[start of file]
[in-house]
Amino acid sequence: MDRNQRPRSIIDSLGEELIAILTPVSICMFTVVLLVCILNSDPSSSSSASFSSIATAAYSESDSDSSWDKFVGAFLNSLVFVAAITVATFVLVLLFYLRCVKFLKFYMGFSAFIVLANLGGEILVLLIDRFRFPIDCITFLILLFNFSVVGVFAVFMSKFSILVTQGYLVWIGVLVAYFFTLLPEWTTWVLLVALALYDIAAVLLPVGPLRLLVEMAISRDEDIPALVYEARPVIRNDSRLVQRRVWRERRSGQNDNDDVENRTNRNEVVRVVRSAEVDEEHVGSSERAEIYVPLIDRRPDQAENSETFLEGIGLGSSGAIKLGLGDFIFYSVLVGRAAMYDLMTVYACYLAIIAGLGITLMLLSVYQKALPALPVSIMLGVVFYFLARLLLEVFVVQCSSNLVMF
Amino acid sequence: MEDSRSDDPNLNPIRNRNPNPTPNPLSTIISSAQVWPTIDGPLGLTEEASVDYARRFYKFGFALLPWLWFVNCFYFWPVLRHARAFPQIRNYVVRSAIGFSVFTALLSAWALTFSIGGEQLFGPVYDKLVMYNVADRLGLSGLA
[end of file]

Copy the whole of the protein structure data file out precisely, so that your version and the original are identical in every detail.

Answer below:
[in-house]
Amino acid sequence: MDRNQRPRSIIDSLGEELIAILTPVSICMFTVVLLVCILNSDPSSSSSASFSSIATAAYSESDSDSSWDKFVGAFLNSLVFVAAITVATFVLVLLFYLRCVKFLKFYMGFSAFIVLANLGGEILVLLIDRFRFPIDCITFLILLFNFSVVGVFAVFMSKFSILVTQGYLVWIGVLVAYFFTLLPEWTTWVLLVALALYDIAAVLLPVGPLRLLVEMAISRDEDIPALVYEARPVIRNDSRLVQRRVWRERRSGQNDNDDVENRTNRNEVVRVVRSAEVDEEHVGSSERAEIYVPLIDRRPDQAENSETFLEGIGLGSSGAIKLGLGDFIFYSVLVGRAAMYDLMTVYACYLAIIAGLGITLMLLSVYQKALPALPVSIMLGVVFYFLARLLLEVFVVQCSSNLVMF
Amino acid sequence: MEDSRSDDPNLNPIRNRNPNPTPNPLSTIISSAQVWPTIDGPLGLTEEASVDYARRFYKFGFALLPWLWFVNCFYFWPVLRHARAFPQIRNYVVRSAIGFSVFTALLSAWALTFSIGGEQLFGPVYDKLVMYNVADRLGLSGLA